Ashwagandha may reduce cortisol levels in stressed individuals, review finds

By Olivia Brown

- Last updated on GMT

© vovashevchuk / Getty Images
© vovashevchuk / Getty Images

Related tags ashwagandha stress management stress

A new systematic review observes a significant association between short-term Withania somnifera (WS) supplement intakes and reduced cortisol levels in individuals suffering from stress.

From all seven studies which measured plasma levels, cortisol secretion was significantly reduced by between 11% and 32.63%.

The Italian researchers summarise: “Supplementation with WS for a period ranging from 30 to 112 days appears to have a stress-reducing effect by lowering cortisol levels in stressed individuals.”

Yet, they highlight that further research should investigate the long-term effects of WS supplementation to conclude on its use within potential interventions for stress reduction.

Ashwagandha and stress

There has been an increasing prevalence of mental health issues over recent years, resulting from the increasing pressures and stress levels of the modern day. Consumers are increasingly seeking natural herbal products to support the mind.

WS, also known as Ashwagandha or Indian Ginseng, has received particular attention due to its potent bioactive composition​ boasting antioxidant, anti-inflammatory, immunomodulatory, and anti-stress activities.

Many products and supplements containing WS promote benefits to anxiety levels, sleep health, and athletic performance. With its growing popularity, there is an increasing need to further understand the biological properties of the supplement to validate and optimise its use, with a lack of conclusive evidence explaining the precise mechanisms of action.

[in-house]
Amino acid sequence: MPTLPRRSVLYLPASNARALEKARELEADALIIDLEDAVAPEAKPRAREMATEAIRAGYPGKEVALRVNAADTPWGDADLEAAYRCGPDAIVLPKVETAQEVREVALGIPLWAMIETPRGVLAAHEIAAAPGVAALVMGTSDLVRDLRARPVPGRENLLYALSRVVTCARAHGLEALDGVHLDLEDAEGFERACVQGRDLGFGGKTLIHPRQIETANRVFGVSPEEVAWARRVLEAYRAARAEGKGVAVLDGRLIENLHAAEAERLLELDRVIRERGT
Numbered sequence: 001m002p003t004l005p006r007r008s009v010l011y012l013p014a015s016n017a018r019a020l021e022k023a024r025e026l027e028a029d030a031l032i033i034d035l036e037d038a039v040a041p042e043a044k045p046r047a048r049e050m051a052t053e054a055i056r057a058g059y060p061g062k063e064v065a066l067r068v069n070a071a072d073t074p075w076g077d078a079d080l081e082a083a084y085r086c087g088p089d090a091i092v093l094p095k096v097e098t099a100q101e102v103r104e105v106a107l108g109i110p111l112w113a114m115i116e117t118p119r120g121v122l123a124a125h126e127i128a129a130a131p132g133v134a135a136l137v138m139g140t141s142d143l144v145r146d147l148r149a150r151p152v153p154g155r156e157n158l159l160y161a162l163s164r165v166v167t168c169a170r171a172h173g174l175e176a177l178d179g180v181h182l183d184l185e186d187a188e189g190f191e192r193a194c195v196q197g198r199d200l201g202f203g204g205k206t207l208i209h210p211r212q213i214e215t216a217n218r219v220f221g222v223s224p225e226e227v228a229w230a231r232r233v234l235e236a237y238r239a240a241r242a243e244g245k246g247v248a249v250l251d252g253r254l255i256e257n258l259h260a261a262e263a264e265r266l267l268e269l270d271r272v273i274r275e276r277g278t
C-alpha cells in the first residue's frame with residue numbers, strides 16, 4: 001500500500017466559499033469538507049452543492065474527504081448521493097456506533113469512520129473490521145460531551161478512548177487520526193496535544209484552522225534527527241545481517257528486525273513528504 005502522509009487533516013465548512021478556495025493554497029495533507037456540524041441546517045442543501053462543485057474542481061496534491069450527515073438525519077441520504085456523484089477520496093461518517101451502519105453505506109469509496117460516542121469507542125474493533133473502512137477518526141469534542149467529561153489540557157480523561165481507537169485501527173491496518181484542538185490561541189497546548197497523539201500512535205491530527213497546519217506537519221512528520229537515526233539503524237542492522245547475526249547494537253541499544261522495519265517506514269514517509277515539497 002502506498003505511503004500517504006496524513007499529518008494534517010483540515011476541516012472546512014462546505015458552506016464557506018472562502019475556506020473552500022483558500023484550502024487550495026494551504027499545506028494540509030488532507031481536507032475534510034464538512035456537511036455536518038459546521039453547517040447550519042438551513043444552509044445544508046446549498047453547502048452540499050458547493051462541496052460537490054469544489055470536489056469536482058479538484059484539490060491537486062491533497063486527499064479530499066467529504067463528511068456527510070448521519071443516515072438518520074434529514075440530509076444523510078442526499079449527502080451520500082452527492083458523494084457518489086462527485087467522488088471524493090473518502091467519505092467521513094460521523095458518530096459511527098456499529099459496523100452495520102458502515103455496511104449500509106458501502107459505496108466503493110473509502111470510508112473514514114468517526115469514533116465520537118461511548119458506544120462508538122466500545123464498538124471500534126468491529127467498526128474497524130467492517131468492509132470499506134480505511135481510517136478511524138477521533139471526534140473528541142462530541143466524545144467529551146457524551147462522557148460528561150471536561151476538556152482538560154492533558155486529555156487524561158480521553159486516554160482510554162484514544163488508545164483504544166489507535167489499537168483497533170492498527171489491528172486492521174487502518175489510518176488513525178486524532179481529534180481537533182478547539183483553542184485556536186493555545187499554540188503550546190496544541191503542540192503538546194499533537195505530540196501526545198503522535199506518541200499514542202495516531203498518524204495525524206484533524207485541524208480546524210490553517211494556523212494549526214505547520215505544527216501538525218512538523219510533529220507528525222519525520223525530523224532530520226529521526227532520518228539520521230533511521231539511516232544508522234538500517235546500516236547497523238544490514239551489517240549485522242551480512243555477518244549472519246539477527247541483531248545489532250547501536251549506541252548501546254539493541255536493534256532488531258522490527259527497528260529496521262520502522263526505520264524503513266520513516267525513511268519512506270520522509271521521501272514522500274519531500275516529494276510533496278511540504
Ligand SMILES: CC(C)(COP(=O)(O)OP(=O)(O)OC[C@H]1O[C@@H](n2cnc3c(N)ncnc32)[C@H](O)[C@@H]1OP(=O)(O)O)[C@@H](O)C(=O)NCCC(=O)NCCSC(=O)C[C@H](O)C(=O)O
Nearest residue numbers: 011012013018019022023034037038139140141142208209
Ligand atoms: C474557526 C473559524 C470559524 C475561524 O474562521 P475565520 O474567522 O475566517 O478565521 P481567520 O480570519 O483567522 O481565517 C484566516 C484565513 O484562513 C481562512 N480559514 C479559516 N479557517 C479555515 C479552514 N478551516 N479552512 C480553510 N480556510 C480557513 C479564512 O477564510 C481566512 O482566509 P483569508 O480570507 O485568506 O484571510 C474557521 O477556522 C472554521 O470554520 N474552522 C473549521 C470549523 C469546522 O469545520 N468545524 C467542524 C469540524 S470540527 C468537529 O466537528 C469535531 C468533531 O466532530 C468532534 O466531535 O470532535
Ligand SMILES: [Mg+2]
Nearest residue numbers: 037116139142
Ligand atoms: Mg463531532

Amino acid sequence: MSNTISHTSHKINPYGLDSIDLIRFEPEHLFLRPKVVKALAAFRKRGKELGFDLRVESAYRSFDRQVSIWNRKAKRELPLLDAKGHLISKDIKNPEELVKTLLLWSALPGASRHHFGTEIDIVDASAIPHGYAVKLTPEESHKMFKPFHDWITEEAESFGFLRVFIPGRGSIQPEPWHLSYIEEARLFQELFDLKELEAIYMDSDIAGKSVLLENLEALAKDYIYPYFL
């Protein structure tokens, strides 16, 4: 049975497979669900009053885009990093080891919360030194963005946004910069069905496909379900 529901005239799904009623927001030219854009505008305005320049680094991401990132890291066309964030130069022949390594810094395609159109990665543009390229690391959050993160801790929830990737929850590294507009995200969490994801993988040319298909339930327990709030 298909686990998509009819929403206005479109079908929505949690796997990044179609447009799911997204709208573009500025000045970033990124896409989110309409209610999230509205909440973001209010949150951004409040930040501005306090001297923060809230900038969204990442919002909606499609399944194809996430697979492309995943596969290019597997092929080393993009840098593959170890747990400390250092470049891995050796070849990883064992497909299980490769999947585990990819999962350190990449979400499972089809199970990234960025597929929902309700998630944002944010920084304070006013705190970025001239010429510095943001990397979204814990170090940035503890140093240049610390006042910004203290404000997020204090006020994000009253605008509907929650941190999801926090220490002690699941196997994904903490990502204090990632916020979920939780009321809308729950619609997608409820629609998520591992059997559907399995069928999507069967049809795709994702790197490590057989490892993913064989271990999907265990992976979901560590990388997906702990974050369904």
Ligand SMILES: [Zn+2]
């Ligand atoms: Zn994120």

Thus, the present systematic review aimed to collate the available evidence on the effectiveness of WS on reducing cortisol levels in stressed human participants.


The databases of PubMed, EMBASE, CENTRAL, Google Scholar, and Scopus were searched using specified key words and inclusion criteria. Nine studies were included in the review as a result of the search, involving subjects experiencing an array of stress levels.

It was noted that there was significant heterogeneity between included studies in terms of design, formulation, and dosage, with treatment durations ranging from 30 to 112 days. Despite this, it was observed that WS supplementation decreased cortisol secretion with no significant adversities.

Within the studies measuring plasma cortisol levels, all seven displayed significant reductions between 11% and 32.83%.

Yet, it was identified that none of the included studies investigated the potential impact of cortisol reduction on adrenal function and the long-term effects.


The findings suggest that brief supplementation with WS may result in a stress-reduction effect, yet the researchers highlight the research does not investigate the long-term effects of supplementation and the potential impact on hormonal levels.

Hypothesising the mechanisms of action, the researchers explain: “Withaferin A might affect circulating cortisol levels presumably owing to a direct interaction with glucocorticoid receptors (GR) in the brain, but other WS bioactive substances could also modulate the levels of this hormone.

“The effect on cortisol levels of WS may be also an indirect effect of its sedative and hypnotic activities. The HPA axis response to stress can also be regulated by gamma-aminobutyric acid (GABA) signalling,” they add.

The report emphasises the need for further research to understand the long-term effects of supplementation with WS and the mechanisms of action.



Source: Nutrients

“Effects of Withania somnifera on Cortisol Levels in Stressed Human Subjects: A Systematic Review”

by Matteo Della Porta, Jeanette A. Maier and Roberta Cazzola

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